An outreach programme for sexually transmitted infection screening in street sex workers using self-administered samples.

Melbourne Sexual Health Centre, Carlton, Australia.
International Journal of STD & AIDS (Impact Factor: 1.04). 12/1999; 10(11):741-3. DOI: 10.1258/0956462991913286
Source: PubMed

ABSTRACT Street sex workers represent an at-risk group of individuals who find it difficult to access mainstream health services. This was a cross-sectional study of street sex workers in Melbourne, Australia using a self-administered method to detect chlamydial, gonorrhoea and trichomonas infections. Of the 81 individuals approached, 63 (78%) (95% CI: 67-86%) agreed to participate. Overall, 87% of the participants obtained their results. Of the 63 participants, 53 (84%) had a past history of injecting drug use (95% CI: 73-92%), and 21 (33%) had a history of a sexually transmitted infection (STI) (95% CI: 22.0-46.3%). Neisseria gonorrhoeae was identified in 7 (11%) participants, Trichomonas vaginalis in 7 (11%), Chlamydia trachomatis in 1 (1.6%). None of the 19 (30%) participants who had been screened for an STI in the preceding 3 months were infected. Our results demonstrated that this method of testing for STIs was acceptable to the street sex workers, and demonstrated a disturbingly high proportion with infections.

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    ABSTRACT: BACKGROUND: Cervicitis is a syndrome of cervical inflammation and a common condition in female sex workers (FSW), a subpopulation vulnerable to sexually transmitted infections. Local data is essential for guiding syndromic management of cervicitis in FSW working in Peru. We sought to describe the prevalence and etiologies of cervicitis in this population. We also aimed to identify sociodemographic, behavioral and biological factors associated with cervicitis, including bacterial vaginosis (BV), a condition with a possible role in cervicitis. METHODS: FSW 18 years of age or older presenting to a free public sexual health clinic in Callao-Lima, Peru were eligible for inclusion upon consent. 467 participants completed a face-to-face questionnaire and underwent genital examination. Vaginal, endocervical and blood samples were collected and tested for C. trachomatis (CT), N. gonorrhea (GC), T. vaginalis (TV), BV, HIV and Human T-Cell Lymphotropic Virus -1. Logistic regression was used to determine whether sociodemographic, behavioral, or other sexual health related characteristics were associated with the diagnosis of cervicitis. RESULTS: Cervicitis was detected in 99 (24.9%) of 397 FSW. The presence of cervicitis was unable to be determined in 70 participants. In women with cervicitis, CT was present in 4.6% (4/87), TV in 4.0% (4/99), GC in 0% (0/87) and no pathogen was detected on cervical microbiology in 91.9% (91/99). BV was detected on vaginal microbiology in 36.9% (31/84) of cervicitis cases. BV was more common in women with cervicitis, however this association did not reach statistical significance (aOR = 1.47 [0.87, 2.48], p = 0.15). Other STI were not associated with cervicitis. Regular clinic attendance (aOR = 0.54 [0.34, 0.87], p = 0.01) and Ecuadorian nationality (aOR = 0.31 [0.13, 0.76], p = 0.01) were associated with reduced risk of cervicitis. CONCLUSIONS: Cervicitis was common in FSW working Peru and was predominantly nongonococcal and non-chlamydial in etiology. Further study is warranted to clarify the role of BV and other emerging cervicitis pathogens in this population. The current Peruvian program of free health checks for FSW may be effective for reducing rates of cervicitis. The protective effect of Ecuadorian nationality prompts further study.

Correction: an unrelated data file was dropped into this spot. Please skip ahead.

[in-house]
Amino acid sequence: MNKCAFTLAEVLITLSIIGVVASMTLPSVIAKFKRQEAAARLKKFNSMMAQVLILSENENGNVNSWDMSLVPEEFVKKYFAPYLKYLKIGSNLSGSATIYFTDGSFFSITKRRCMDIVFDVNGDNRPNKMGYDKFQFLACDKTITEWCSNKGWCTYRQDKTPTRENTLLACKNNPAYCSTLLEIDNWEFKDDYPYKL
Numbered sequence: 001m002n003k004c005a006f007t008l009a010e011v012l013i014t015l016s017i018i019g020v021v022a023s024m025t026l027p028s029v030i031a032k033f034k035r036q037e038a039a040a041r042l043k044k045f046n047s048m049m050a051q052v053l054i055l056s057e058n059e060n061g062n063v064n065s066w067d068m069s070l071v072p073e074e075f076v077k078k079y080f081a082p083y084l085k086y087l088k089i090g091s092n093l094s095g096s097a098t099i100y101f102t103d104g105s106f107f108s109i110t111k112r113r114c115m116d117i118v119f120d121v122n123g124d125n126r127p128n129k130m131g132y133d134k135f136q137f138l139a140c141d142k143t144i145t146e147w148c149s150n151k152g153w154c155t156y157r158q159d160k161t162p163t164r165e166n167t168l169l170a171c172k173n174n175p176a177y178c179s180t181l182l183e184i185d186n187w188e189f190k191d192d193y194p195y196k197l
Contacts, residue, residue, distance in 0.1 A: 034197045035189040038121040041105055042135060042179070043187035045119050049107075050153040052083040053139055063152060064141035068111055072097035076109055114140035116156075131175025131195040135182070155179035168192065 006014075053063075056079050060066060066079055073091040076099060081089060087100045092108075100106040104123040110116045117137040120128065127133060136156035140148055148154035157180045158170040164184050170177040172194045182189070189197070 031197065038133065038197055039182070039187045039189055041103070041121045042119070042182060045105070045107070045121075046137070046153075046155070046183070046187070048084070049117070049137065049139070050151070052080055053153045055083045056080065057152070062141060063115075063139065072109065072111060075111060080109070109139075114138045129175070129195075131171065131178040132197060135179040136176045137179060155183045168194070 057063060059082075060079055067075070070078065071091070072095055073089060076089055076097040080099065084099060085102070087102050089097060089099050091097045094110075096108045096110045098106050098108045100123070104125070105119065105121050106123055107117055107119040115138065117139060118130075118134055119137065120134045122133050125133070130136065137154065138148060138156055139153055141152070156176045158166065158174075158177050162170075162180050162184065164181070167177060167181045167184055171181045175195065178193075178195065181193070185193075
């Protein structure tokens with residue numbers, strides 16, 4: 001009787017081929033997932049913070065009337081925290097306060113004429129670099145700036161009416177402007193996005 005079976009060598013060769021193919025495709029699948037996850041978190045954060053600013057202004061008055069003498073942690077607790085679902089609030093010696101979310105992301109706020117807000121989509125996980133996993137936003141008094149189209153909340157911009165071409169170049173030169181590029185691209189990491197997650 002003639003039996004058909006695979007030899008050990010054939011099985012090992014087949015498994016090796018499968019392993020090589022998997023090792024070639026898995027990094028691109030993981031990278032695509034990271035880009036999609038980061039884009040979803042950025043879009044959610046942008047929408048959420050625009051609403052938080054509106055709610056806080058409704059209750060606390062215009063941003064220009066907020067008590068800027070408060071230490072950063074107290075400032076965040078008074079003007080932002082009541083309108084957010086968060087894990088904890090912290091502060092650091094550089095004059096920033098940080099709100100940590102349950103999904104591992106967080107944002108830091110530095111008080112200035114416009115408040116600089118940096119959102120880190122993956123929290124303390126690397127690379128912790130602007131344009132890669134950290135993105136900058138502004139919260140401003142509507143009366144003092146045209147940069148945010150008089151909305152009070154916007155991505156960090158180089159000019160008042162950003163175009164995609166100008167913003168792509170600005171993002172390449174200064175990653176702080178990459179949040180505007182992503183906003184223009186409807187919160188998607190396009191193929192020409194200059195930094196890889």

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    ABSTRACT: This paper analyses developments and debates regarding legal and human rights issues relevant to the Australian HIV response in the context of treatment as prevention (TasP). A refocusing of prevention priorities on individual responsibilities to 'test and treat' without regard to the legal and human rights context is, we argue, problematic. The paper maintains that the justification of testing and treating for the greater good risks eroding the foundations of a human rights-based approach to HIV prevention, and that the TasP agenda as presently conceived may divert attention from pressing law reform issues relating to sex work, illicit drug use, and criminalization of HIV transmission.
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